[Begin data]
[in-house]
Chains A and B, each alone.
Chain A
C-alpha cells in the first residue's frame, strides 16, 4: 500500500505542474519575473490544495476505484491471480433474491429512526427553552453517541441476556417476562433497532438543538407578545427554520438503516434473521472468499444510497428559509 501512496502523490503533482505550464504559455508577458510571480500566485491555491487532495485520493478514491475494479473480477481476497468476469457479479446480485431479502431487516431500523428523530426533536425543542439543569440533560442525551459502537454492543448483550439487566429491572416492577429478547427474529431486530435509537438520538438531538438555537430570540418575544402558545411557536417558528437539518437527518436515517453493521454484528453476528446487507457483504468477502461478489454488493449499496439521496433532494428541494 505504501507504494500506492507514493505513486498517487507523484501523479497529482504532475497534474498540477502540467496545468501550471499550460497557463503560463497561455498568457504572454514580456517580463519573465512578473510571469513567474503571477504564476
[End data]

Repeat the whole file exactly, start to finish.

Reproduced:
[in-house]
Chains A and B, each alone.
Chain A
C-alpha cells in the first residue's frame, strides 16, 4: 500500500505542474519575473490544495476505484491471480433474491429512526427553552453517541441476556417476562433497532438543538407578545427554520438503516434473521472468499444510497428559509 501512496502523490503533482505550464504559455508577458510571480500566485491555491487532495485520493478514491475494479473480477481476497468476469457479479446480485431479502431487516431500523428523530426533536425543542439543569440533560442525551459502537454492543448483550439487566429491572416492577429478547427474529431486530435509537438520538438531538438555537430570540418575544402558545411557536417558528437539518437527518436515517453493521454484528453476528446487507457483504468477502461478489454488493449499496439521496433532494428541494 505504501507504494500506492507514493505513486498517487507523484501523479497529482504532475497534474498540477502540467496545468501550471499550460497557463503560463497561455498568457504572454514580456517580463519573465512578473510571469513567474503571477504564476